06-23-19 | How’s A Little Blue For Ya?

Sorry for a missing daily report yesterday; we had a great day but got in late after a long drive. I was a bit too tired to get my thoughts together.

Noah and I were tired from our two long soaring days. It looked like the third day of the nice stretch of weather was going to give a shorter, but still quite reasonable soaring window. We decided to take this one easy, especially since we were going to make the drive up to Harris Hill in the evening.

It took a while for the day to trigger and when it finally did in the early afternoon, it was blue. We took off a little after 1pm and had no trouble staying up, but couldn’t climb much above 4300ft. At that point, we set a short two hour Turn Area task that took us up and down the valley. This would keep us in close proximity to the airport and felt like a reasonable task for the day.

Closer to 2pm, the conditions started improving and we headed out on task. Team flying in the blue works very very well. We spread out and sampled the air. When one pilot was in consistently better air, the other would adjust for his line. We were able to find thermals more frequently and center them more efficiently. We practiced leaving efficiently, with the leading pilot “overextending” on the exit, thereby letting the trailing pilot catch up. This took away the need for the trailing pilot having to accelerate substantially to catch up to the leading pilot and losing a bit of altitude.

The conditions were a little suppressed by Tyrone and Noah was a little bit concerned. He had thoughts to turn back to Ridge Soaring at that point. I said that if this was a contest day, we would have no hesitation to keep going; it was the middle of the day, there was a ridge ahead with infrastructure below. I said, “There’s gotta be a thermal ahead.”

“Yeah, but things can go south quick here,” Noah replied.

“I think it’s going to work fine.”

We edged down to around 3500ft or so and I reminded myself we were just a hair lower than 3000ft AGL, still plenty high. And then we finally connected with reasonable lift. Moreover, there were clouds forming ahead and a wonderful line forming off to the side. We worked our way up to 6500ft and the air looked glorious.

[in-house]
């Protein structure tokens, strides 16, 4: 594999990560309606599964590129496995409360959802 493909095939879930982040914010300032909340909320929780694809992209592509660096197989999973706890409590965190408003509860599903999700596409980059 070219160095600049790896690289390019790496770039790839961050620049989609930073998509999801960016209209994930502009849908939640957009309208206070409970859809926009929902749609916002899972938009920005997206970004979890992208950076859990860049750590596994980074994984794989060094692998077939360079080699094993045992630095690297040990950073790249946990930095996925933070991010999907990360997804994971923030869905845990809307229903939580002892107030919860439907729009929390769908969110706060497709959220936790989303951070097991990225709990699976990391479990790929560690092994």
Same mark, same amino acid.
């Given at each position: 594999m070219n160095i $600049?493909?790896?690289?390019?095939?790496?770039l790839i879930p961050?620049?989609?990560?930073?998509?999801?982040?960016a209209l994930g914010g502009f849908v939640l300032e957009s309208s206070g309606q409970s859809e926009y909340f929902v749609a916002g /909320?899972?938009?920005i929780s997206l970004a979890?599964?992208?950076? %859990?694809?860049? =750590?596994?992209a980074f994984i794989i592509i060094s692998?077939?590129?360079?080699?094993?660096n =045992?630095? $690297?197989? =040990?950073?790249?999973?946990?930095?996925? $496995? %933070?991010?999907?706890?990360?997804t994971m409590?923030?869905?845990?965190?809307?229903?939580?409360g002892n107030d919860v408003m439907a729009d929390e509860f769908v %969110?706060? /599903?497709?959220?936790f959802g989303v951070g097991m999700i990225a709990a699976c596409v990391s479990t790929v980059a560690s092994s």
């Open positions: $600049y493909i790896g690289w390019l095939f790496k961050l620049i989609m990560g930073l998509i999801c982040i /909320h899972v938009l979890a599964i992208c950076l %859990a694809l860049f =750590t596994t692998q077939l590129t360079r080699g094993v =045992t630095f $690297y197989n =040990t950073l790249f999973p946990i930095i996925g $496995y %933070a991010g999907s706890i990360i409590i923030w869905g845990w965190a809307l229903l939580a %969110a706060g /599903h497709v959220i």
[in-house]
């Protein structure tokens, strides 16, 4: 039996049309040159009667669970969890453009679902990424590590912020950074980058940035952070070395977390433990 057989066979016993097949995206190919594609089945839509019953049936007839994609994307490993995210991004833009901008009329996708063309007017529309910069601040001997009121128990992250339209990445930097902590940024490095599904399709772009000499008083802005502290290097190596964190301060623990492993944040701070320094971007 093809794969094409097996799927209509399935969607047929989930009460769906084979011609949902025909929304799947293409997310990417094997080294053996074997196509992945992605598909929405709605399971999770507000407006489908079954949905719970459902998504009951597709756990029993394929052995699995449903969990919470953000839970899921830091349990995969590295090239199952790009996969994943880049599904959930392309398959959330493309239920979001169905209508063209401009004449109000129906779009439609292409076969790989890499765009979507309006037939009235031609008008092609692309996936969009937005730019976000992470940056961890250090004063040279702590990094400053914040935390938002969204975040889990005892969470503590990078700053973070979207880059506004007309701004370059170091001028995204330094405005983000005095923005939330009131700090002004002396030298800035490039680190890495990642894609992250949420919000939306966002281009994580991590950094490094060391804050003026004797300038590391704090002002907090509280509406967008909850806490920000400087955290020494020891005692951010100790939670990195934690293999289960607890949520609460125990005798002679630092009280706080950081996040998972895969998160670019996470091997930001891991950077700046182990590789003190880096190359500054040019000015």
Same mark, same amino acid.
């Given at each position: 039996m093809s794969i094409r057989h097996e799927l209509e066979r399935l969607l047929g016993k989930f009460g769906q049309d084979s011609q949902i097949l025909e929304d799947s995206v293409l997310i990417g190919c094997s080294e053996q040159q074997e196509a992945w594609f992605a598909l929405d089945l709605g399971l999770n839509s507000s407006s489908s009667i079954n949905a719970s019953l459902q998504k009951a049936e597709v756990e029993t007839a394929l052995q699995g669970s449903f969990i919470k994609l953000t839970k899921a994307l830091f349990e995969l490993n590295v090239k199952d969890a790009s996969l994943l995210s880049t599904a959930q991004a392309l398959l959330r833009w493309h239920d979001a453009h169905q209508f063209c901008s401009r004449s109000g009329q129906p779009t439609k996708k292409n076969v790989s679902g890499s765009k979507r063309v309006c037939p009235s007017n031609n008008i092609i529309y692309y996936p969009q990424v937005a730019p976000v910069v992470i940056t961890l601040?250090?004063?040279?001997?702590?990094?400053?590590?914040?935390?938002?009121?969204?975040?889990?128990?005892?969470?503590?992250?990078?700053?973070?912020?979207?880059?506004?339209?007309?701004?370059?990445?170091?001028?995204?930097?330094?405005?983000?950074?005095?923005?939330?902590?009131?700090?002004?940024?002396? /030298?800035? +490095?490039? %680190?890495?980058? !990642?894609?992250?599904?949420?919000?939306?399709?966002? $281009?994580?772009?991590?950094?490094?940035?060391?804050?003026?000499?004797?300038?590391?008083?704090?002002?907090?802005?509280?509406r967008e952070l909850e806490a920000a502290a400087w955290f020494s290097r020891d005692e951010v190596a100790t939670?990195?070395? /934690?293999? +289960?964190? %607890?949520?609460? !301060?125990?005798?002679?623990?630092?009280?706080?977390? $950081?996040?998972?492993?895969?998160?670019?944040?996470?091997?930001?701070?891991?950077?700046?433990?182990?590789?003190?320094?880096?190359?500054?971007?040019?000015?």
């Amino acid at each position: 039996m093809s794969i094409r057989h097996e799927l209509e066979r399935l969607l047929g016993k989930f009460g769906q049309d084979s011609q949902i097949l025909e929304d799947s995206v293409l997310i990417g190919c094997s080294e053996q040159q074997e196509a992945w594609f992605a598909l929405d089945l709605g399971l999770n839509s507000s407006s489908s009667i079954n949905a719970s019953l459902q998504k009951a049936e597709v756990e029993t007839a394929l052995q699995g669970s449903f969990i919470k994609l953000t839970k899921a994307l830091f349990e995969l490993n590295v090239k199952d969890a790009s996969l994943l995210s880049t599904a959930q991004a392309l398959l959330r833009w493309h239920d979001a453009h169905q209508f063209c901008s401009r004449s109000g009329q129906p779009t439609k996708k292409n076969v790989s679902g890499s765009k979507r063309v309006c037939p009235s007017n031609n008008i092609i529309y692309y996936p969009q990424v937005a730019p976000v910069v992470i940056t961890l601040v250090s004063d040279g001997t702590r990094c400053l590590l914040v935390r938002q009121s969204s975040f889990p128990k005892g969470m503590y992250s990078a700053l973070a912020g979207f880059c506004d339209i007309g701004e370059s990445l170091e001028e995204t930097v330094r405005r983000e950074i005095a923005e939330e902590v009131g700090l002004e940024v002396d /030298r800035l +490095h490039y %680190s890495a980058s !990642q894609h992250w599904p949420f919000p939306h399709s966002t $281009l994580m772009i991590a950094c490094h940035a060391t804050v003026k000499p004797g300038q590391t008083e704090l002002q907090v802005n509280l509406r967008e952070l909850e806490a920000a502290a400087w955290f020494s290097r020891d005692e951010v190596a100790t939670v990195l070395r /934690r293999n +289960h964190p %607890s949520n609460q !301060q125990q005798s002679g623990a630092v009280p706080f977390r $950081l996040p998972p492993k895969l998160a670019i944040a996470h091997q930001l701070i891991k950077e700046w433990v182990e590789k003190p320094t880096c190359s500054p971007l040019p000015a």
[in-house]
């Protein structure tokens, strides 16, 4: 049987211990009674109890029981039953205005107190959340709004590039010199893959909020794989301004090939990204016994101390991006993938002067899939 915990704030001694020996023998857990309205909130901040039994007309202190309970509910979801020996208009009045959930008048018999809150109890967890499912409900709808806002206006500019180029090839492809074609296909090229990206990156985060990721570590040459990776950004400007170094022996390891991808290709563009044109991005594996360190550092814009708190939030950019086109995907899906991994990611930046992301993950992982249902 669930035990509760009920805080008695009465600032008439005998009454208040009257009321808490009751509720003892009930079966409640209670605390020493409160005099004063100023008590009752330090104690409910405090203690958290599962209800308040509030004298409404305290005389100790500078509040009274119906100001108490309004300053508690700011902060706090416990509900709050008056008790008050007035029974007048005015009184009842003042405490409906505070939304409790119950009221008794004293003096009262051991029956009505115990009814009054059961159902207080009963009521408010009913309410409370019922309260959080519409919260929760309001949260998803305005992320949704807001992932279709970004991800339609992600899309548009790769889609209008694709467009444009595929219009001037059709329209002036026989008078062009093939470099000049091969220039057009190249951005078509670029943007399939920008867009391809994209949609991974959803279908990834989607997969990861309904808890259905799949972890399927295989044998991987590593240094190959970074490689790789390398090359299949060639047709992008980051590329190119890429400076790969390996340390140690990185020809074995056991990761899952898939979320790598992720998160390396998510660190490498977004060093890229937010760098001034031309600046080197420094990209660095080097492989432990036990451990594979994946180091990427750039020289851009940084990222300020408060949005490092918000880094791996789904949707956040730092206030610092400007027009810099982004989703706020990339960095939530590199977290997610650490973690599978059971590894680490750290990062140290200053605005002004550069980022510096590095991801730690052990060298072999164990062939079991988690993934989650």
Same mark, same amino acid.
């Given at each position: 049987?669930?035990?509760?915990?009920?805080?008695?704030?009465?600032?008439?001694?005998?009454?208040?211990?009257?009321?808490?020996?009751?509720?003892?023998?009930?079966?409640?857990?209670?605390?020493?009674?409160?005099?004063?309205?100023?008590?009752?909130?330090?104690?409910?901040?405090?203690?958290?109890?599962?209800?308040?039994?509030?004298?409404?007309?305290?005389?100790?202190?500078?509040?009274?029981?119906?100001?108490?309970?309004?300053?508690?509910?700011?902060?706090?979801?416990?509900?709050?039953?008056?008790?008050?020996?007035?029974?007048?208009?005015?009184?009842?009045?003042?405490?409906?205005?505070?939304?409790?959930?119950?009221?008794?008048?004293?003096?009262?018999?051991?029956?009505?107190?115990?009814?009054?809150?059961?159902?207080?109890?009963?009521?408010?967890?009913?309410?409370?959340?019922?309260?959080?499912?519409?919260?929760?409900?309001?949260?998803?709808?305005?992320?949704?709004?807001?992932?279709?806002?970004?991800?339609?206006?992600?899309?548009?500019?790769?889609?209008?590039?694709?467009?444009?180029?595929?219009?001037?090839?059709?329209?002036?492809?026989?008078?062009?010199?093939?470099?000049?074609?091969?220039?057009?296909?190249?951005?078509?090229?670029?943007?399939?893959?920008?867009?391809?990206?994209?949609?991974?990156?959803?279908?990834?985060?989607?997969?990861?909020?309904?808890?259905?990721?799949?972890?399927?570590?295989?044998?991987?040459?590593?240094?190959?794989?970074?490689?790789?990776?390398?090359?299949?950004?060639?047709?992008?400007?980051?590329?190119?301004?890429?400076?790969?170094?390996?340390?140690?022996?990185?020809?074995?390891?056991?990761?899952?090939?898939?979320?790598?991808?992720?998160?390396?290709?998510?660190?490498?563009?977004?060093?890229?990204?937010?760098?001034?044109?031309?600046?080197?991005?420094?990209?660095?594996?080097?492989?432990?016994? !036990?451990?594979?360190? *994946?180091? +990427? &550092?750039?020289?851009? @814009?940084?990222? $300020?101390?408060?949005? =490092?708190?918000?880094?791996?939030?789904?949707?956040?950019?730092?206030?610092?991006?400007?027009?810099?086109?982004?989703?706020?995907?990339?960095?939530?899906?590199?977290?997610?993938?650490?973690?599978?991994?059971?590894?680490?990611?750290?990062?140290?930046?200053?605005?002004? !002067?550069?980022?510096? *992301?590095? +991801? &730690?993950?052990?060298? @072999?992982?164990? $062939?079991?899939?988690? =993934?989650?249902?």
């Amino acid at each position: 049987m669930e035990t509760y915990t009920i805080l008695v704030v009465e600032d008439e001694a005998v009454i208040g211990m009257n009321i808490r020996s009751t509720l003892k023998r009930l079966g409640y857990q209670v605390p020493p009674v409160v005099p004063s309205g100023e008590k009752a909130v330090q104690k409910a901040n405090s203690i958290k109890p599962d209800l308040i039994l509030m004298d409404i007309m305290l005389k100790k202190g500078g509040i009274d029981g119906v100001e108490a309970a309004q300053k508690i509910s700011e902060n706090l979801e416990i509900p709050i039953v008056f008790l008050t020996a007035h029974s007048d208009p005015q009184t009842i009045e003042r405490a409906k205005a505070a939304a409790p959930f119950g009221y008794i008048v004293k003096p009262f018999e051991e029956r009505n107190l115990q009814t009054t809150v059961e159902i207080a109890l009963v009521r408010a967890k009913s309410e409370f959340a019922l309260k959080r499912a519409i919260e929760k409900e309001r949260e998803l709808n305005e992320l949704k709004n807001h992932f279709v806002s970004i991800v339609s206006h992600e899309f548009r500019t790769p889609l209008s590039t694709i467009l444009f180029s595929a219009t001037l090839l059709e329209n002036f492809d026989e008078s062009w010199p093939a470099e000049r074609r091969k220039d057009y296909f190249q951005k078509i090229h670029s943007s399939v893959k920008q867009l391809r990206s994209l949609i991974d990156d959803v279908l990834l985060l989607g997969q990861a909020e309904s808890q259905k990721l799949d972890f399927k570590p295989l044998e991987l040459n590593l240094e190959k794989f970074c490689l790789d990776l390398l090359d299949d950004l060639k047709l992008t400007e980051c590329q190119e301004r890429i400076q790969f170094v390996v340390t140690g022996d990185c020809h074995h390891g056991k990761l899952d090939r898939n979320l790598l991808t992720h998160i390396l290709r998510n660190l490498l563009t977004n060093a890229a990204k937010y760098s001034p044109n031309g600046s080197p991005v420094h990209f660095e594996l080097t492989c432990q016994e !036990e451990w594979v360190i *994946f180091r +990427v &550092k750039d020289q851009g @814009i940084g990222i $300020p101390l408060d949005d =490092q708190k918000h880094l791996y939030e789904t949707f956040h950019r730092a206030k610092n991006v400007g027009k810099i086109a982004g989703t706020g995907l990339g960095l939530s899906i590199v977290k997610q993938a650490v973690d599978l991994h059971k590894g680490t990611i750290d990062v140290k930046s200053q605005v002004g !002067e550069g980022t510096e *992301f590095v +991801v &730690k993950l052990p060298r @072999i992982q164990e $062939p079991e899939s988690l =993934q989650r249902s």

Then Noah said, “Sorry that I was being a bit of a chicken today.” We both perked up when we had nice Cu to look forward to!

We worked our way over to the line and finally connected at 5000ft MSL. At this point we were in great shape. To add excitement, a Nimbus 3 joined our thermal up high. Now we have someone to fly with!

He left the thermal and headed to the NE, the same direction we were headed. We made good work of this opportunity, kicking into gear and flying the energy line as best as we could. We were keeping up with the fellow! The thermals along the line were somewhat broken up, but the lift was still more or less working. We’d hook into a thermal every once in a while, keeping a close eye on the Flying Whale. When the line was about to run out, we found a nice one and the unfortunate fellow had to return back to our thermal, 500 ft below.

Gotta admit, it felt good being in an LS4, above a Nimbus 3!

The thermal gave us enough height to make the turnpoint and most of the way home. This worked out well because the air was not great toward Ridge Soaring. We found one more thermal and we figured this was good enough to call it a day, hit the turnpoint and head back.

After we landed, we had the ships apart and all our stuff ready to go in a little over an hour. At 5pm, we hit the road for Harris Hill. Along the way we picked up dinner and we arrived at the gliderport at 8pm.

When we arrived, Noah looked at the setting sun and the perfectly still windsock.

Want to go fly the Super Cub?

“Heck yeah!” I replied.

Within 10 minutes, we were on the runway ready to go. Noah is a heck of a pilot. Sitting in the back, I was amazed watching how comfortable he was with this airplane. “I hadn’t flown it in several months!” Well it didn’t show one bit. Every one of his movements was effortless and efficient. And several moments later, we were off the ground and in the beautiful, still air.

Harris Hill in the summer time is absolutely gorgeous. The whole Chemung valley lights up in a brilliant glow. With the door open on the Cub, you really feel like you’re flying. It’s great to be back here.

Find my flight log here.

And Noah’s here.


Thanks a million to Aero Club Albatross and Harris Hill Soaring Corporation for letting us use their club ships toward training for the Junior Worlds.

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